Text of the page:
An Ottoman building in the heart of Jaffa is home to Israel’s oldest newspaper. The paper and the building that houses it are about the same age – 100 years old. But that adjective doesn’t describe its employees, and its offices are firmly in the 21st century, with laptops and coffee made with soymilk, as befits the spirit of the times.
Új Kelet (“New East”) was founded in 1918 in Transylvania, where a large Jewish Hungarian-speaking minority lived. The fact that it is celebrating its centenary in Israel is thanks to an unusual figure, who came here following love a decade ago.
Kristóf Steiner, a 37-year-old hipster and TV star in his home country and author of vegan cookbooks, had a Jewish grandmother on his father’s side. Israel still doesn’t recognize him as an immigrant, but he has built his life to the Holy Land.
Three years ago he read an article by Roy Arad in Haaretz that saddened him. It said that Új Kelet was about to close, and noted in its headline that its connection to Hungarian figures in Israel ranging from Rudolf Kastner, a journalist and lawyer assassinated in 1957 in Israel over allegations of collaboration with the Nazis, humorist Ephraim Kishon and politician Tommy Lapid. This was “the end of the era of foreign-language newspapers in Israel,” the article’s subtitle said.
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“I read the article and I told myself that this paper had to be saved,” Steiner said last week, leafing through the centenary edition. Steiner, who brought a great deal of energy with him from Budapest, bought the paper from its previous owner, George Edri. The latter, a Moroccan Jew, ran a local empire of foreign-language Jewish newspapers. Among them, he published the Yiddish Letste Nayes, the German Israel-Nachrichten, the Romanian Viata Noastra, and the Polish Nowiny Kurier , which originally belonged to the precursor of the Labor Party, Mapai.
Over the years they all closed down except Új Kelet. In 2015, Edri decided that he had had enough of financing the newspaper out of his own pocket, despite a compliment from one reader: “If I don’t eat my cholent with Új Kelet, for me it’s not Shabbat.”
Steiner spotted the potential, and decided to save this veteran piece of Jewish-Hungarian heritage. To attract new readers, he realized he had to freshen things up, but to maintain the previous readership, he had to show respect for its past glories. Faithful to this idea, he has kept on the oldest of the paper’s writers, Lea Schanpp, an Auschwitz survivor who has been writing for Új Kelet since 1967 and is now 91 years old. The paper has also published a poem by its youngest writer, 5-year-old boy.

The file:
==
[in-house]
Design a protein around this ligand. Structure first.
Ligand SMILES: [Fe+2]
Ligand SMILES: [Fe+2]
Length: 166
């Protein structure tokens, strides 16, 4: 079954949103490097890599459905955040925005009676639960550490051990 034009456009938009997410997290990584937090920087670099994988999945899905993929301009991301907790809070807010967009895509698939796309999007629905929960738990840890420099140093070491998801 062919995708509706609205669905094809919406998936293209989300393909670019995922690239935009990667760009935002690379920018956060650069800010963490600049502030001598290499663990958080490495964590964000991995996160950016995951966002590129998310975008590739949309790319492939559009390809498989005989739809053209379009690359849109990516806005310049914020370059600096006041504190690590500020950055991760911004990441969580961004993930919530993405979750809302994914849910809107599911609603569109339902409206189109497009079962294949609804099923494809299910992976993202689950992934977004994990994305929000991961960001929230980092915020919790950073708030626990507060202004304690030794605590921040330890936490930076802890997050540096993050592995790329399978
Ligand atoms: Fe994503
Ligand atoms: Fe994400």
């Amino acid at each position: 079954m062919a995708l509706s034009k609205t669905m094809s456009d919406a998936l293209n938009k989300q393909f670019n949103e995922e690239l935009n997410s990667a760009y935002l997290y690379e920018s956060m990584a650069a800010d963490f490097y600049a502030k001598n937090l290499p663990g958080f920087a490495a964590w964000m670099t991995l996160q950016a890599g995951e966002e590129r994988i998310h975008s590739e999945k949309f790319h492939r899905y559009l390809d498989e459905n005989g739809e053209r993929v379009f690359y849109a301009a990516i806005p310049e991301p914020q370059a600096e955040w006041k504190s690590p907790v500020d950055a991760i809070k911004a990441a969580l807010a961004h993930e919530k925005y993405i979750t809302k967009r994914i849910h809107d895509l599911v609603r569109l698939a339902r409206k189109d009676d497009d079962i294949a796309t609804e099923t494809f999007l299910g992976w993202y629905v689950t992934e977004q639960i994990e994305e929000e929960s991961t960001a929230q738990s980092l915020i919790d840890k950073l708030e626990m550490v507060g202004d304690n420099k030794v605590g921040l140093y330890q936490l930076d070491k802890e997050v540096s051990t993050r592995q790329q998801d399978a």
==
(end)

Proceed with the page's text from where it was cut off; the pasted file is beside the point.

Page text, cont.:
Two other women, also Jews who came to Israel from Hungary, joined Steiner as part owners of the paper. Sára Salamon, a photographer, and Eva Vadasz, a journalist appointed editor-in-chief, have been able to advance the revolution set out by Steiner. The entire editorial staff consists of six people, two of whom live in Hungary and the rest in Israel.
Új Kelet, once a daily, is now published every two months. But the language is still the original Hungarian. “We’re trying to revive the language because we see that the Hungarian families, as opposed to the immigrants from Russia, don’t pass down the language to the future generations,” Vadasz says. “It’s such a beautiful language, with rich culture and heritage,” he added.
About 1,000 copies are printed in each edition, sold at kiosks and stores throughout Israel and distributed to coffee shops. An additional 200 copies are sent back to the homeland. The readership is varied, Steiner says proudly. “An elderly reader from Be’er Sheva called us to ask to use a larger font because she has trouble reading it, and at the same time we received a letter from a high school student in Hungary who wanted to publish a poem with us,” he says.
Like other media outlets, Új Kelet has had its share of curses and threats. “When I wrote about the exhibition of a Palestinian artist, readers wrote that I sleep with Arabs,” Steiner says. Vadasz has her own experiences in this area. “I was attacked by an anti-Semitic [online] troll from Hungary,” she says.
The subjects the paper deals with are varied, and connected to life in Israel. Recently for example, Új Kelet wrote about African asylum seekers, a visit to the West Bank and surrogate parenthood. The paper also publishes a column for children (including stories and games), a quiz about Israel and recipes from the Hungarian-Jewish kitchen.
Vadasz and Steiner can’t say exactly how many Hungarian speakers – Új Kelet’s potential readers – live in Israel. Though they say that 130 people attended the centenary celebrations, a record compared to other events held by the paper. “When my mother came here as a child in the 1960s, every fifth person spoke Hungarian in the street,” Vadasz says. But even today, Steiner says, Hungarian roots are a source of pride. “When I tell people I’m Hungarian, every third person tells me he has a Hungarian grandparent. Everybody has a Hungarian connection.”
Freedom vis a vis Orban